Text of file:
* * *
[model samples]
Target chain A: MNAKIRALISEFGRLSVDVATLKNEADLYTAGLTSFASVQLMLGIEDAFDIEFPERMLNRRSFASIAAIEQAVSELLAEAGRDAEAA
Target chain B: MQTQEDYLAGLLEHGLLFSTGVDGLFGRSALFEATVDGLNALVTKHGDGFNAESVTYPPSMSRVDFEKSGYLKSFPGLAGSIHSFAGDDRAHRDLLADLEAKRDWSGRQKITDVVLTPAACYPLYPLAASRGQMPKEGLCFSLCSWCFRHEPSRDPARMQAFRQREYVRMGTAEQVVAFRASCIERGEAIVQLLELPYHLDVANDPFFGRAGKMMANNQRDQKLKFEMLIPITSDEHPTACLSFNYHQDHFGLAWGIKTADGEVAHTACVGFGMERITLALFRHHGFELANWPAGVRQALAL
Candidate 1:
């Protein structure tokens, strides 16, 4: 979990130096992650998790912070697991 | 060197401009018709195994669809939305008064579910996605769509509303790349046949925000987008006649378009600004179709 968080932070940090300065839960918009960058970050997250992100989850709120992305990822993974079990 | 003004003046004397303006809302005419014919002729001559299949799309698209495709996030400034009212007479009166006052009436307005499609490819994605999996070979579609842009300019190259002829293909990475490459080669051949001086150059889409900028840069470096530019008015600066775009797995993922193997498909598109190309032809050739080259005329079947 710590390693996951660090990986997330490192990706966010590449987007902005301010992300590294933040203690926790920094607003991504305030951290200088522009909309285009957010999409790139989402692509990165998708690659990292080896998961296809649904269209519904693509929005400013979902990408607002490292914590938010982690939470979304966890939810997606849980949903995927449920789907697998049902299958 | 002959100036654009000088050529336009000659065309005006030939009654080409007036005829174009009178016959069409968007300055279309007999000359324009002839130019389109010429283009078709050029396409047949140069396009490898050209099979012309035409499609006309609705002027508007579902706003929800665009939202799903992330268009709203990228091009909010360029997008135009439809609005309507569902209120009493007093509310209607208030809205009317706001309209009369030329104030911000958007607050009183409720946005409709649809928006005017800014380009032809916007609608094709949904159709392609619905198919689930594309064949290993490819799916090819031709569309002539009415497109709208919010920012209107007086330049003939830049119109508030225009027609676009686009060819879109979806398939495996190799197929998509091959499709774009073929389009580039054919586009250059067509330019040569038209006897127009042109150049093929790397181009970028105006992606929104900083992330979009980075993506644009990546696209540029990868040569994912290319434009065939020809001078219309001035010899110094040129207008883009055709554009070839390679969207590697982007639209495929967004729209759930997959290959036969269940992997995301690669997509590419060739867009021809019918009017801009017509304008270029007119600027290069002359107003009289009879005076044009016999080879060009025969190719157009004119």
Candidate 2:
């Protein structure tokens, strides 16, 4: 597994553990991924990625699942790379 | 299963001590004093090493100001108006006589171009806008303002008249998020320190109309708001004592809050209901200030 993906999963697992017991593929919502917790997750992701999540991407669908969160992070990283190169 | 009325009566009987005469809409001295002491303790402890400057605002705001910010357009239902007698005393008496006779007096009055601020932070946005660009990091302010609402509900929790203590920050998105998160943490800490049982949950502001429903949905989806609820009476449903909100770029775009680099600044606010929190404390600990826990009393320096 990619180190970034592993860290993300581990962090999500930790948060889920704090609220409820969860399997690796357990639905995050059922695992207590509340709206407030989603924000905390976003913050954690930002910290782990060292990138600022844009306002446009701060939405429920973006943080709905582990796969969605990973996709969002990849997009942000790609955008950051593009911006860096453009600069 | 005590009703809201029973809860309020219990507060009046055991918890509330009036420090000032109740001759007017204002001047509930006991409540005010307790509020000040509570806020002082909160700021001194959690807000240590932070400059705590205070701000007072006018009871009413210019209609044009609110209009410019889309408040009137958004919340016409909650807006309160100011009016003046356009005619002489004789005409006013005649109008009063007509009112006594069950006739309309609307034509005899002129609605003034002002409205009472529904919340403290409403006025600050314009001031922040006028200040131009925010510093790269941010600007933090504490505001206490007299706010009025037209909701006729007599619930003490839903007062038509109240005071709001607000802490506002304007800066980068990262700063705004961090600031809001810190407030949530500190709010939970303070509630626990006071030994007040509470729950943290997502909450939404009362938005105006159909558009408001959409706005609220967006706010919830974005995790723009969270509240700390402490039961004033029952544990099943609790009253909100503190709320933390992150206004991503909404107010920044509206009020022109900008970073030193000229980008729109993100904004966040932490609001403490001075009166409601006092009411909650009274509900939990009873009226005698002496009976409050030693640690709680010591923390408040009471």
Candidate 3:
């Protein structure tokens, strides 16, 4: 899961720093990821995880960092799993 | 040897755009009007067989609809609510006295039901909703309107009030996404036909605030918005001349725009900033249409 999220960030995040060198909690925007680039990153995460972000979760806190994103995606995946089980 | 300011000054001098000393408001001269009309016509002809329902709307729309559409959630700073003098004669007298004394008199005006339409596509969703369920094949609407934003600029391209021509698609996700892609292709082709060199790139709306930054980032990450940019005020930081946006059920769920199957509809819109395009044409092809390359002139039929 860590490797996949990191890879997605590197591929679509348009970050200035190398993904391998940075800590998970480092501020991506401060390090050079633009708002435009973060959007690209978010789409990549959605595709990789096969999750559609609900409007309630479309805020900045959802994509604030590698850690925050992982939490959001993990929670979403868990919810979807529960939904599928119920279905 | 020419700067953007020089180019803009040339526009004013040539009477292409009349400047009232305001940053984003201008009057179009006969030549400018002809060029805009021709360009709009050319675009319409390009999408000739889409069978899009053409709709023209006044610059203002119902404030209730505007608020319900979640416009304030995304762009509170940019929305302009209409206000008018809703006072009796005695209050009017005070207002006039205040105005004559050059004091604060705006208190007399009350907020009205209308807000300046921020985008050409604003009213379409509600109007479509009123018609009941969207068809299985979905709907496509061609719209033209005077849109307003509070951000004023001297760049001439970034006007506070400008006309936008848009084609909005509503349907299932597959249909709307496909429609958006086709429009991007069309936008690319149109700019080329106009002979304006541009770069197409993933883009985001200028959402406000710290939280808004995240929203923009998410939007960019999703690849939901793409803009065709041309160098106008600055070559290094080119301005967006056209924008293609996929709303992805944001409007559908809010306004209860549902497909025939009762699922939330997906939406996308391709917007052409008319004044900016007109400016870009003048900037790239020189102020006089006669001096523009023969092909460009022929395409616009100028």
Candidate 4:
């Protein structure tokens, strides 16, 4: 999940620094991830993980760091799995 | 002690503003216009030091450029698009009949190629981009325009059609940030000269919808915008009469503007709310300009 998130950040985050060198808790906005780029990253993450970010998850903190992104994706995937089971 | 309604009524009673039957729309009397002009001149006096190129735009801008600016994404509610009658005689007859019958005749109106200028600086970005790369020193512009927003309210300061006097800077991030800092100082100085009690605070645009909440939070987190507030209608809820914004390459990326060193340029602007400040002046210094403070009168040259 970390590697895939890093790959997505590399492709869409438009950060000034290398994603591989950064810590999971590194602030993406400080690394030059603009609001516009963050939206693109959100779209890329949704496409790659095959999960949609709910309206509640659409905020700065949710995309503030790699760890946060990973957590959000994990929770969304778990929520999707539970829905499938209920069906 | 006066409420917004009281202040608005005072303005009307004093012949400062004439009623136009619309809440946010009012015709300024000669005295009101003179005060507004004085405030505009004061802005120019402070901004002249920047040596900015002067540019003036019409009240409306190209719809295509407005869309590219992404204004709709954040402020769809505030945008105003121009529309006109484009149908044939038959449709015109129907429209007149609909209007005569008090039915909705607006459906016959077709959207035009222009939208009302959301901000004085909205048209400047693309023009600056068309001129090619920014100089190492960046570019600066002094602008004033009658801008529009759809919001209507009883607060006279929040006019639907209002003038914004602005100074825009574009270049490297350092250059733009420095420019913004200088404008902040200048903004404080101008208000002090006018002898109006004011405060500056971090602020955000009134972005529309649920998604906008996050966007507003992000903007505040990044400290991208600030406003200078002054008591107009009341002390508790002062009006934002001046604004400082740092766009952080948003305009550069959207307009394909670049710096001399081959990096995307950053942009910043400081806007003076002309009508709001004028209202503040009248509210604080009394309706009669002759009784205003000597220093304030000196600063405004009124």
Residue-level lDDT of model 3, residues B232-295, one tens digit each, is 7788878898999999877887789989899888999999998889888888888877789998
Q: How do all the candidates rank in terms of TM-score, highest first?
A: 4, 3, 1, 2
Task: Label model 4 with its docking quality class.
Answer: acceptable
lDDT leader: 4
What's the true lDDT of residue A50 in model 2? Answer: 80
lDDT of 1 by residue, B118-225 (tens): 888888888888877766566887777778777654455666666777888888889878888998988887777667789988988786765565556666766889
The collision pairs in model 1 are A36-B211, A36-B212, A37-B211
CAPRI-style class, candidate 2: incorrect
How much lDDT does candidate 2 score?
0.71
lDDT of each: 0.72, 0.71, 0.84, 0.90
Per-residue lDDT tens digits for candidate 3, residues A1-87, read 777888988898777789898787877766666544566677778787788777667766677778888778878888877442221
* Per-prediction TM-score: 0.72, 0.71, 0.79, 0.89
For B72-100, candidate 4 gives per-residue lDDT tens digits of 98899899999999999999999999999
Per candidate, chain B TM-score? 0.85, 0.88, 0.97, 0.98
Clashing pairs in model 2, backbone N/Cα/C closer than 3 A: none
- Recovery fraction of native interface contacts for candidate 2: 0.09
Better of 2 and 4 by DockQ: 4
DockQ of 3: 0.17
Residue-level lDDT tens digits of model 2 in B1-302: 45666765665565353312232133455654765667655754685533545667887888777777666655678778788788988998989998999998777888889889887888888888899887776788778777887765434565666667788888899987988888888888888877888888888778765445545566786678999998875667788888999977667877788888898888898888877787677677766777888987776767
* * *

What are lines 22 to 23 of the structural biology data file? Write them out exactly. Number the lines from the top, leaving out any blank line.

How much lDDT does candidate 2 score?
0.71